Some authors suggest the creation of a loop colostomy instead to avoid high-output stoma and dehydration. An actual meta-analysis by Gavriilidis et al. compared loop transverse colostomy and loop ileostomy [26]. They showed that patients with ileostomy tend to have a significantly higher rate of complications due to high-output stoma. Patients with colostomy developed more complications after reversal surgery, but analysis of the overall complications did not favor ileostomy or colostomy. Some other studies had a similar conclusion [27, 28].

This study has some limitations. First, a retrospective database from a single center institution was used for the analyses along with a small cohort. The temporal distance between time points T0 and T1, differ variably between the patients, as DLI reversal was performed at different time points. It was also not possible to retrospectively measure proteinuria, which is necessary for a complete assessment of kidney function based on the KDIGO-guidelines[14]; thus, the true incidence of chronic kidney failure might be underscored in this analysis. One shortcoming of our study is the fact, that we only were able to analyze SCr and eGFR after LAR and 3 months after DLI. Whether a protective DLI creation has a long-term impact on kidney function in older patients, an further analysis, e.g. one year after DLI reversal, would be necessary.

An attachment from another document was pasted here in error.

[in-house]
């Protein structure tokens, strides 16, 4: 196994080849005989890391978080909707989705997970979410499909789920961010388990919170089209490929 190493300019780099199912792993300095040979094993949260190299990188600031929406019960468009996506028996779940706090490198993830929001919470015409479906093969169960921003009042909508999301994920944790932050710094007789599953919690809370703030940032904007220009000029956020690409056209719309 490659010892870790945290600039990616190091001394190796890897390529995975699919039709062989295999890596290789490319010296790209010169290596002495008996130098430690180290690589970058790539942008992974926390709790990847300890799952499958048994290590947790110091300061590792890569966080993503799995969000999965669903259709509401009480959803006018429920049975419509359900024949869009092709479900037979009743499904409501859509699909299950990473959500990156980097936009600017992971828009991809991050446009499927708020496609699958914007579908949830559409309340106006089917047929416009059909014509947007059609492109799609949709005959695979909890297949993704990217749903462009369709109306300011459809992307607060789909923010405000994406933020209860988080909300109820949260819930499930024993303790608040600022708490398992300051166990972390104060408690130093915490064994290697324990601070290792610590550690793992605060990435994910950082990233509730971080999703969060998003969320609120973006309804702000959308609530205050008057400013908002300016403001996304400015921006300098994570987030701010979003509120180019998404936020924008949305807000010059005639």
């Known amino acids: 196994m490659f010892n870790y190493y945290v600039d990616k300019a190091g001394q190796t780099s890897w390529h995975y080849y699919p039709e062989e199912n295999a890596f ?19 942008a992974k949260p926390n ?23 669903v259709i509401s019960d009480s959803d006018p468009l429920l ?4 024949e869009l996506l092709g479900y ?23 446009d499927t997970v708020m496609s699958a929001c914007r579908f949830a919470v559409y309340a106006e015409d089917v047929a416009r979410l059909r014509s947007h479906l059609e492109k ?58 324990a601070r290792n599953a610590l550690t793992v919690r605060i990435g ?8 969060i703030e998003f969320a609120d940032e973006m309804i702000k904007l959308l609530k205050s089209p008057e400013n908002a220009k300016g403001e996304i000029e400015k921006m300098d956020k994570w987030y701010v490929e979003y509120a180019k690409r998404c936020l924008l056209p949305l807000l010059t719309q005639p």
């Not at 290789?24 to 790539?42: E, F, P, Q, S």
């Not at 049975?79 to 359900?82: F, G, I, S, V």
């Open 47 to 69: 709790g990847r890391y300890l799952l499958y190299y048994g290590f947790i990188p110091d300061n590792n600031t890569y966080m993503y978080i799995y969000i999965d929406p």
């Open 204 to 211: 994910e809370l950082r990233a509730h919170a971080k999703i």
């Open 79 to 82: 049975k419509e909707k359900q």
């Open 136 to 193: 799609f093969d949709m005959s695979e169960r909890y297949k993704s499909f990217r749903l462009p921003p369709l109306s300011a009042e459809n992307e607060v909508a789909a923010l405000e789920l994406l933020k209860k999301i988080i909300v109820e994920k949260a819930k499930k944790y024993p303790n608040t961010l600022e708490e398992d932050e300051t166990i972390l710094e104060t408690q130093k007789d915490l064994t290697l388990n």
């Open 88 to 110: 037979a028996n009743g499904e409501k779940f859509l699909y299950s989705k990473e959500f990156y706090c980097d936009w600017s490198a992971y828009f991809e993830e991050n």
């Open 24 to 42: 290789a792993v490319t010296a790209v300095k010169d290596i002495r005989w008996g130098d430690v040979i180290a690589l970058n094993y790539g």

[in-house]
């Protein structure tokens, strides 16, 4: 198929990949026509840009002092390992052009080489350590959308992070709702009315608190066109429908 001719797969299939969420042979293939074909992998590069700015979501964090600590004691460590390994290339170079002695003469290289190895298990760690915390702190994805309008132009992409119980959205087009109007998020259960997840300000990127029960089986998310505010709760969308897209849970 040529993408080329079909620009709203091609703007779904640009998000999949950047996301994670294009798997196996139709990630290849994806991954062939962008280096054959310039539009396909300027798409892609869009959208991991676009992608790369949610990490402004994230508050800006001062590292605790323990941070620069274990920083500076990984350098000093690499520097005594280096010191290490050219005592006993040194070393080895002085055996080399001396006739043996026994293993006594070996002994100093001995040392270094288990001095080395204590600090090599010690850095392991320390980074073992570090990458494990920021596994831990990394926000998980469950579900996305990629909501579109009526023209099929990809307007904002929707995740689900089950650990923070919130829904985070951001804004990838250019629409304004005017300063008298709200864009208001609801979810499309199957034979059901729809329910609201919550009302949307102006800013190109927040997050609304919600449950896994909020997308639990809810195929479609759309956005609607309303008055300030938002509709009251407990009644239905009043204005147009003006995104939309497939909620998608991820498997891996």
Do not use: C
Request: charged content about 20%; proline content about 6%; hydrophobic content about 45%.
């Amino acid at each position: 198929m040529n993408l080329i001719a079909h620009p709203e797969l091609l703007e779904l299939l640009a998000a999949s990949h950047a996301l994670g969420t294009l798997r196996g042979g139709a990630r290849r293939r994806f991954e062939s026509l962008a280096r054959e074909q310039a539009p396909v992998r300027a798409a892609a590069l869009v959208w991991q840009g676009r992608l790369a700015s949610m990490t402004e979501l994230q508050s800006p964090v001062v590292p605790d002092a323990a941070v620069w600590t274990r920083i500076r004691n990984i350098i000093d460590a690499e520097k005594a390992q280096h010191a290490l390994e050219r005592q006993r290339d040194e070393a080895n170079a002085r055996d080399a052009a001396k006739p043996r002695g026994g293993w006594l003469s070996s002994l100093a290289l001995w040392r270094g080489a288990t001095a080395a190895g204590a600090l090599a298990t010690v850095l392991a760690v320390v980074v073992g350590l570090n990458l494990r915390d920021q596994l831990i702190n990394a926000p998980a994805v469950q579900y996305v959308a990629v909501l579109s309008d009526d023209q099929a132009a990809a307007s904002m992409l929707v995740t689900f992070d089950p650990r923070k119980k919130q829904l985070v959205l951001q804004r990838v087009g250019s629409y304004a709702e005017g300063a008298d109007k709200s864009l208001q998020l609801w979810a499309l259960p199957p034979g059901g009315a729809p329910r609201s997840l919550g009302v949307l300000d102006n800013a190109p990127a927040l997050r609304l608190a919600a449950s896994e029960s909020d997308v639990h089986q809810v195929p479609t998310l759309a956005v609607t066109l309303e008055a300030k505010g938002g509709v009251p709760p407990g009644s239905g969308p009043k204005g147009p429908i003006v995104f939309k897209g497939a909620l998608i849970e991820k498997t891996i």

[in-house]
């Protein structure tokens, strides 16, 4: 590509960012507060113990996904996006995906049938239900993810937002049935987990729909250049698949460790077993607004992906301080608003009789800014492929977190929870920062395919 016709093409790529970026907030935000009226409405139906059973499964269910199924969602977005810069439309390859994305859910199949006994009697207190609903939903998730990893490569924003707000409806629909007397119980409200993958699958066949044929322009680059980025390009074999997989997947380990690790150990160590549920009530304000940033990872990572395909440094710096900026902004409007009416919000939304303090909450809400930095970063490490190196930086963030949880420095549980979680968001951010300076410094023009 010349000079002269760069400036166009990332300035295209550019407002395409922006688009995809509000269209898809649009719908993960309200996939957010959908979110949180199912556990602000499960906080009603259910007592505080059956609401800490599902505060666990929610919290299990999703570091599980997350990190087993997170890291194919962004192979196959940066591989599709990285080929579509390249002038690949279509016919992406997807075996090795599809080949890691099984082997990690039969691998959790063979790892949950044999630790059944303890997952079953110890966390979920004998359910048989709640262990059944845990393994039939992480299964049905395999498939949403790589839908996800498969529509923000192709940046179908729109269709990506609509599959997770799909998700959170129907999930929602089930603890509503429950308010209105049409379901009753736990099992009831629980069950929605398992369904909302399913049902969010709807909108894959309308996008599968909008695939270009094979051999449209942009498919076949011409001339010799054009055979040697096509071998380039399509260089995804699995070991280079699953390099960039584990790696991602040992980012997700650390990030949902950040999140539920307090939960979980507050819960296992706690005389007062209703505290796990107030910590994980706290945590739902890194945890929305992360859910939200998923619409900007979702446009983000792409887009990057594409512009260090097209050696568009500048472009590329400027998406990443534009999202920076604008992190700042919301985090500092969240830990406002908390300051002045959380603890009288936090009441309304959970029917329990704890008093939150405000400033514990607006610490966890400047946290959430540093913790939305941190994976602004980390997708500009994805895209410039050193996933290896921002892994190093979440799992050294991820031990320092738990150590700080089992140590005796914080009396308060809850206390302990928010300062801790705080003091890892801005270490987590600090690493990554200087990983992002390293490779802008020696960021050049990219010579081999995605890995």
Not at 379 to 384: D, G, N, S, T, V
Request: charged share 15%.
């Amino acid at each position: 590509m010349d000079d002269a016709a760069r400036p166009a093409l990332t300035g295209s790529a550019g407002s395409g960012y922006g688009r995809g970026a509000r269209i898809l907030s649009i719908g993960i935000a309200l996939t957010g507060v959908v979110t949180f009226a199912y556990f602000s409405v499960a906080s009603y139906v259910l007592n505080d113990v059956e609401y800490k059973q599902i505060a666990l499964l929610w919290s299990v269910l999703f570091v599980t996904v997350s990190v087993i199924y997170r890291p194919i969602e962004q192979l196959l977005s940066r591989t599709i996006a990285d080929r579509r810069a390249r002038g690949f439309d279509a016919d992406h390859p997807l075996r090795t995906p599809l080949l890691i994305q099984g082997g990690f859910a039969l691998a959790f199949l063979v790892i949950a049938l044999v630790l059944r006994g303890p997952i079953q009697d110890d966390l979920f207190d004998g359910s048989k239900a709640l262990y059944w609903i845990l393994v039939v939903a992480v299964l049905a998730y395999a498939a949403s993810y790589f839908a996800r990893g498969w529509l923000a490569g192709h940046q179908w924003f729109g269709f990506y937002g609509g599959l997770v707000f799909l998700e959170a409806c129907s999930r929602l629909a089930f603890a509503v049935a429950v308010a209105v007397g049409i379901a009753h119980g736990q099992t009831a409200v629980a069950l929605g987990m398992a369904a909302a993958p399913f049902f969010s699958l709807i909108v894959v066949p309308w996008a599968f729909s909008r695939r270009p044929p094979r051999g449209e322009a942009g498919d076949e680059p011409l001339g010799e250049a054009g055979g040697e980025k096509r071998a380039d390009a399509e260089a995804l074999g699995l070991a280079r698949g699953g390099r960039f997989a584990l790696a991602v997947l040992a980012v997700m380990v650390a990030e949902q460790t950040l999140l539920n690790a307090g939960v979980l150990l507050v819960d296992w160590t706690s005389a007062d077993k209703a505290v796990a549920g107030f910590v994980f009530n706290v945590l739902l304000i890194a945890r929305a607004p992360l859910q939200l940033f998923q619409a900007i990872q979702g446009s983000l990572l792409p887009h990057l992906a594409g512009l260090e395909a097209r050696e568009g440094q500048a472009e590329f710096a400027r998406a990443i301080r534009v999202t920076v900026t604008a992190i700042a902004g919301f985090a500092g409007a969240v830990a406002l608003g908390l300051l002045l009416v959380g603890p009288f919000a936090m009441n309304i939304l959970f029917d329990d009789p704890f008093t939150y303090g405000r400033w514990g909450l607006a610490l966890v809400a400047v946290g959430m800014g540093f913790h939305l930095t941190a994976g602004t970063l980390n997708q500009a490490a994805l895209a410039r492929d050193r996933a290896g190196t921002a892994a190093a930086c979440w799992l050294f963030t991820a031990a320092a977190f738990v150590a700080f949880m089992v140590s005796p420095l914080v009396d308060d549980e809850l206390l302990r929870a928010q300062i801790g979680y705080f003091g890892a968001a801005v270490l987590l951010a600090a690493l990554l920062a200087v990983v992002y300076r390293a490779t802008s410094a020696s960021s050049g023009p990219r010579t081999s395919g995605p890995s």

For multivariate linear regression analysis multicollinearity is a problem, as patients with a higher age are more likely to have an already impaired eGFR and increased SCr.

One important strength of this study is the choice of only elective patients with rectal cancer. There is no bias in this study population due to included emergency surgeries of patients with inflammatory bowel disease. Age is a major concern for surgeons when planning surgical procedures in cancer patients. We showed here that the choice for DLI leads to a significantly impaired kidney function for older patients even after stoma reversal.